overviewfrequently asked questionscases & resources
Calif. teacher's creationism comment violated First Amendment

By The Associated Press

SANTA ANA, Calif. — A federal judge ruled that a public high school history teacher violated the First Amendment when he called creationism “superstitious nonsense” during a classroom lecture.

On May 1, U.S. District Judge James Selna ruled in a lawsuit filed by student Chad Farnan in 2007. The lawsuit claimed that teacher James Corbett violated the First Amendment’s establishment clause by making repeated comments in class that were hostile to Christian beliefs.

The lawsuit cited more than 20 statements made by Corbett during one day of class, which Farnan recorded, to support allegations of a broader teaching method that “favors irreligion over religion” and made Christian students feel uncomfortable.

During the course of the litigation, the judge found that most of the statements cited in the court papers did not violate the First Amendment because they did not refer directly to religion or were appropriate in the context of the classroom lecture.

But Selna ruled May 1 in C.F. v. Capistrano Unified School District that one comment, where Corbett referred to creationism as “religious, superstitious nonsense,” did violate Farnan's constitutional rights.

“Corbett states an unequivocal belief that creationism is ‘superstitious nonsense.’” Selna wrote. “The Court cannot discern a legitimate secular purpose in this statement, even when considered in context. The statement therefore constitutes improper disapproval of religion in violation of the Establishment Clause.”

Selna wrote in his ruling that he tried to balance Farnan's and Corbett's rights.

“The court’s ruling today reflects the constitutionally permissible need for expansive discussion even if a given topic may be offensive to a particular religion,” the judge wrote.

“The decision also reflects that there are boundaries. ... The ruling today protects Farnan, but also protects teachers like Corbett in carrying out their teaching duties.”

Corbett, a 20-year teaching veteran, remains at Capistrano Valley High School.

Farnan is now a junior at the school, but quit Corbett’s Advanced Placement European history class after his teacher made the comments.

Farnan is not interested in monetary damages, said his attorney, Jennifer Monk of the Murrieta-based Christian legal group Advocates for Faith & Freedom.

Instead, he plans to ask the court to prohibit Corbett from making similar comments in the future. Farnan’s family would also like to see the school district offer teacher training and monitor Corbett’s classroom for future violations, Monk said.

There are no plans to appeal the judge’s rulings on the other statements listed in the litigation, she said.

“They lost, he violated the establishment clause,” she told the Associated Press in a phone interview. “From our perspective, whether he violated it with one statement or with 19 statements is irrelevant.”

The establishment clause of the First Amendment prohibits the government from making any law establishing religion. The clause has been interpreted by U.S. courts to also prohibit government employees from displaying religious hostility.

Selna said that although Corbett was only found to have violated the establishment clause in a single instance, he could not excuse or overlook the behavior.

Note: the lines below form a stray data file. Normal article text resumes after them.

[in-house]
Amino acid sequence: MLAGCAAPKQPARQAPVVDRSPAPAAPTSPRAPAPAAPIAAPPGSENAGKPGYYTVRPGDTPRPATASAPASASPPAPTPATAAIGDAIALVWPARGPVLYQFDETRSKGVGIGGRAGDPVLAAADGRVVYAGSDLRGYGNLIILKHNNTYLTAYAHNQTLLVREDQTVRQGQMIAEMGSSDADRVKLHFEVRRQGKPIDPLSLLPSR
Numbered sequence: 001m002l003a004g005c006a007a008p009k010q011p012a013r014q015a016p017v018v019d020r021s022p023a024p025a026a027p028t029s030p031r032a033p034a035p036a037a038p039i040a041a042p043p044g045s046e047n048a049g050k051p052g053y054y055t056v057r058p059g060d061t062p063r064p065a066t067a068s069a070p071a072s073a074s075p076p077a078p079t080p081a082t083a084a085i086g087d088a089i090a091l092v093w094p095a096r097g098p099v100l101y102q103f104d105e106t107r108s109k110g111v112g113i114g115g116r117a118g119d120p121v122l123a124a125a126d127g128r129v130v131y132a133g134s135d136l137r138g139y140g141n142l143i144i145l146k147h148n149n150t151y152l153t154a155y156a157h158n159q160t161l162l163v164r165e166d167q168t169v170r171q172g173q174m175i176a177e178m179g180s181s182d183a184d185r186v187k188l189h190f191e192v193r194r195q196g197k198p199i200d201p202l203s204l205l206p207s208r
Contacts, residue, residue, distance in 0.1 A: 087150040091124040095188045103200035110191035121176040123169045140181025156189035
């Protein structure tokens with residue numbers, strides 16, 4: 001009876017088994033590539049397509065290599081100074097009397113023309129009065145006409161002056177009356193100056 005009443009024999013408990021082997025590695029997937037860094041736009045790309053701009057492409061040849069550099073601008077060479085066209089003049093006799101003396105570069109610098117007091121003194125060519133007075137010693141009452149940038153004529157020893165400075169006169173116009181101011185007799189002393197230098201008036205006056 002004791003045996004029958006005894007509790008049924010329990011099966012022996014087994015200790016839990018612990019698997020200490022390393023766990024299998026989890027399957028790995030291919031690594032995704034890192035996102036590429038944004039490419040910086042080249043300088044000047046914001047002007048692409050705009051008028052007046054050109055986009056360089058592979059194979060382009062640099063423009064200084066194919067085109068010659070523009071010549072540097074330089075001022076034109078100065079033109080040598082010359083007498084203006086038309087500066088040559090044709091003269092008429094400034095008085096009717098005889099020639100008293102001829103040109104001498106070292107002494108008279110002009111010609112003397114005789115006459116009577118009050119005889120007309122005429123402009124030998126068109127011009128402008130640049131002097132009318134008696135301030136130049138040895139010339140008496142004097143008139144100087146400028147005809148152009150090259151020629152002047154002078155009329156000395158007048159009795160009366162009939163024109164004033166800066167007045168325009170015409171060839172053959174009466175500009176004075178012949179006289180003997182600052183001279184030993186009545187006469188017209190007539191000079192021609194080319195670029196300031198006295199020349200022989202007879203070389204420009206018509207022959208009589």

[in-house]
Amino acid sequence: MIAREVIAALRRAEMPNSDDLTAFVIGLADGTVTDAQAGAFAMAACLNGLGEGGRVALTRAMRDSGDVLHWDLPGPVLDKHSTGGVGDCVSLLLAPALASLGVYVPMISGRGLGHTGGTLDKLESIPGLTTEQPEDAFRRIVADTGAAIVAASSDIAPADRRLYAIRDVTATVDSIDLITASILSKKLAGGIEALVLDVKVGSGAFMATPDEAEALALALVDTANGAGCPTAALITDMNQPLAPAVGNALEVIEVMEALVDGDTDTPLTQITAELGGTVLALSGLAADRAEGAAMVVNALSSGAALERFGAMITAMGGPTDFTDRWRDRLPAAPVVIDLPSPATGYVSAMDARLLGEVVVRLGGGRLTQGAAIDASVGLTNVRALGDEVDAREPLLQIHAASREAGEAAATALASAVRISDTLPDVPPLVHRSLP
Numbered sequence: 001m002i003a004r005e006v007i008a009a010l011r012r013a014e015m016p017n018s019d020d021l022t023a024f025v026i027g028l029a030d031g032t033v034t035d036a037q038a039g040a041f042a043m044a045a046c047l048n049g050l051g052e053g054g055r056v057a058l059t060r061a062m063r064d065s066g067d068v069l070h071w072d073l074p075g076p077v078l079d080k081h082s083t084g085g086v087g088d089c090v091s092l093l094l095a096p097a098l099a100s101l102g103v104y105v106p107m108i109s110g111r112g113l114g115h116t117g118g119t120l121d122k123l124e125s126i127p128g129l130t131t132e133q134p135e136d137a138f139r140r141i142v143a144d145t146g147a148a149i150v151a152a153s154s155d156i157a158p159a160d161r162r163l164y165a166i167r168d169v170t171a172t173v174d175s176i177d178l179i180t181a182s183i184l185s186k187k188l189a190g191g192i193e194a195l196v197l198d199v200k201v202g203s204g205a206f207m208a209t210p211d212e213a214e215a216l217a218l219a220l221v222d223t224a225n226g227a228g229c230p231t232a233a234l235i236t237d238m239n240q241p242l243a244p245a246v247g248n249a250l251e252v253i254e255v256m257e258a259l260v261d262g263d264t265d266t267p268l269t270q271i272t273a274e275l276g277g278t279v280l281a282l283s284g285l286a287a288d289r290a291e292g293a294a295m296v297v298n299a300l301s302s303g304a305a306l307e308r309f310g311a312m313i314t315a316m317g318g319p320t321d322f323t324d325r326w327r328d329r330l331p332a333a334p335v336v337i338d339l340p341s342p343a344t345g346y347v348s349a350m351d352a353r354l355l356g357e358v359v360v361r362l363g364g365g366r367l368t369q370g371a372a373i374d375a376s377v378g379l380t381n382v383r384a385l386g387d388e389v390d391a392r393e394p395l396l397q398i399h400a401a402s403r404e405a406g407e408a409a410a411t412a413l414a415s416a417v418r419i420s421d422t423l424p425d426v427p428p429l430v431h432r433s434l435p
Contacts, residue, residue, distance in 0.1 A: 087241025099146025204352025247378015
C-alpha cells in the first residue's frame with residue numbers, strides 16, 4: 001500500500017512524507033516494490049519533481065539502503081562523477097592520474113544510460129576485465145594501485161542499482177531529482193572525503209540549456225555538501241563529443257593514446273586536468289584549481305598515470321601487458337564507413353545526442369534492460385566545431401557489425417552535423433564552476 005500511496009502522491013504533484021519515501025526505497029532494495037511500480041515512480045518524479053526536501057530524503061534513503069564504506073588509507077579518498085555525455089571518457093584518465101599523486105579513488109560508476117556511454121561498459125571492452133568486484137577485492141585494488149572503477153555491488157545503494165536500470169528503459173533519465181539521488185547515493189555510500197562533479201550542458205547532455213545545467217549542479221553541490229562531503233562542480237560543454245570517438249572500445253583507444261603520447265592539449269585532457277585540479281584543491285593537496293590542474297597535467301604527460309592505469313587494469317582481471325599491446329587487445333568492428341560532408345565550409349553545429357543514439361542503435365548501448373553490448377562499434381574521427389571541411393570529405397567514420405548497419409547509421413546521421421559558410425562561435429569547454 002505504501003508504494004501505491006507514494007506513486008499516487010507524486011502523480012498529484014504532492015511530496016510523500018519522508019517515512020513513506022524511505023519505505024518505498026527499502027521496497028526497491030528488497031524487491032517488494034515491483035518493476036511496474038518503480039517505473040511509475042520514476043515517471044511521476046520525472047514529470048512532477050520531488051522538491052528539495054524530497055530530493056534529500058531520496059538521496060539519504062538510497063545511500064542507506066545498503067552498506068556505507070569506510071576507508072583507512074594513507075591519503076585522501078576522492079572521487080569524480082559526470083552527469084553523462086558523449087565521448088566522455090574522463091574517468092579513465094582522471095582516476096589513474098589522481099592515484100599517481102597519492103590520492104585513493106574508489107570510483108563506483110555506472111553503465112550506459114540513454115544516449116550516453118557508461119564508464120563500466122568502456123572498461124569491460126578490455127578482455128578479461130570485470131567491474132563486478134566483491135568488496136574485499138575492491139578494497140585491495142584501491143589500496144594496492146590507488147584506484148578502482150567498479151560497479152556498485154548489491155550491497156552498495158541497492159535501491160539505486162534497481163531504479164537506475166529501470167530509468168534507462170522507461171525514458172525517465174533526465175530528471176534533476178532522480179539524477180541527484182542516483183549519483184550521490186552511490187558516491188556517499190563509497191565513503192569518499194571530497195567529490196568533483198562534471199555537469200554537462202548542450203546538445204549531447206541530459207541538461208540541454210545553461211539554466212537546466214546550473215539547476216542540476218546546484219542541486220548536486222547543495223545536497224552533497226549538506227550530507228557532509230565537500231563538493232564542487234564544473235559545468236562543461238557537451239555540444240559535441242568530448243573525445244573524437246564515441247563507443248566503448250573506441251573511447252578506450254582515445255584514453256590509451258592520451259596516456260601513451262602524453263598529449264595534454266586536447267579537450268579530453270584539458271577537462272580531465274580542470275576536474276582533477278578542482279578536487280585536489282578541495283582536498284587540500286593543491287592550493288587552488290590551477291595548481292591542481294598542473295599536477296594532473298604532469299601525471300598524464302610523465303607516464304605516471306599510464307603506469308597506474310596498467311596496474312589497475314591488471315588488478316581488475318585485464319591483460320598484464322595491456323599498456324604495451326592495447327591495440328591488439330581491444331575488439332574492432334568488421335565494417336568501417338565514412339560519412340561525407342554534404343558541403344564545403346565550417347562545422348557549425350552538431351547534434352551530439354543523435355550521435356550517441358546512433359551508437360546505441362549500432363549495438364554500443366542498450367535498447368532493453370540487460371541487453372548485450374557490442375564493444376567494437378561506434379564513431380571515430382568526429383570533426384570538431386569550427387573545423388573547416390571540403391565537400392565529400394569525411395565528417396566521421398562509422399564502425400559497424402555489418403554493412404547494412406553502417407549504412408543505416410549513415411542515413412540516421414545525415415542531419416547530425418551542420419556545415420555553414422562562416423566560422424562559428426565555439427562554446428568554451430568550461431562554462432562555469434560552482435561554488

In a ruling last month, the judge dismissed all but two of the statements Farnan complained about, including Corbett's comment that “when you put on your Jesus glasses, you can't see the truth.”

On May 1, Selna also dismissed one of the two remaining statements, saying that Corbett may have been attempting to quote Mark Twain when he said religion was “invented when the first con man met the first fool.”

Corbett has declined to comment throughout the litigation. His attorney, Dan Spradlin, did not return a message in time for this story.

Spradlin has said, however, that Corbett made the remark about creationism during a classroom discussion about a 1993 case in which a former Capistrano Valley High science teacher sued the school district because it required instruction in evolution.

Spradlin has said Corbett was simply expressing his own opinion that the former teacher shouldn't have presented his religious views to students.

Farnan's family released a statement on May 1 calling the judge's ruling a vindication of the teen's constitutional rights.

The Capistrano Unified School District, which paid for Corbett's attorney, was found not liable for Corbett's classroom conduct.


Evolution to make debut in Fla. science standards (news)
Education board votes to add term to guidelines for first time, but approves compromise measure that will refer to biological concept as 'scientific theory.' 02.20.08

Okla. bill allowing anti-evolution classroom discussion fails (news)
State Sen. Richard Lerblance calls measure a subterfuge that would lead to teaching of theories based on religious viewpoints and not science. 02.18.09

Darwin at 200: Still controversial after all these years (commentary)
By Charles C. Haynes Let's encourage students to evaluate scientific theories such as evolution, but make sure they learn how to do so using the scientific method. 02.15.09

Evolution & creation

News summary page
View the latest news stories throughout the First Amendment Center Online.

print this   Print

Last system update: Monday, May 11, 2009 | 06:44:32

religious liberty in public schools issues >
School prayer
Religious holidays
Student religious practices
Released time
Teaching about religion
Pledge of Allegiance & religious liberty in public schools
Religious clubs
Public schools & religious communities
Teachers' religious liberties
Bible in school
Distributing religious literature
Graduation ceremonies
Evolution & creation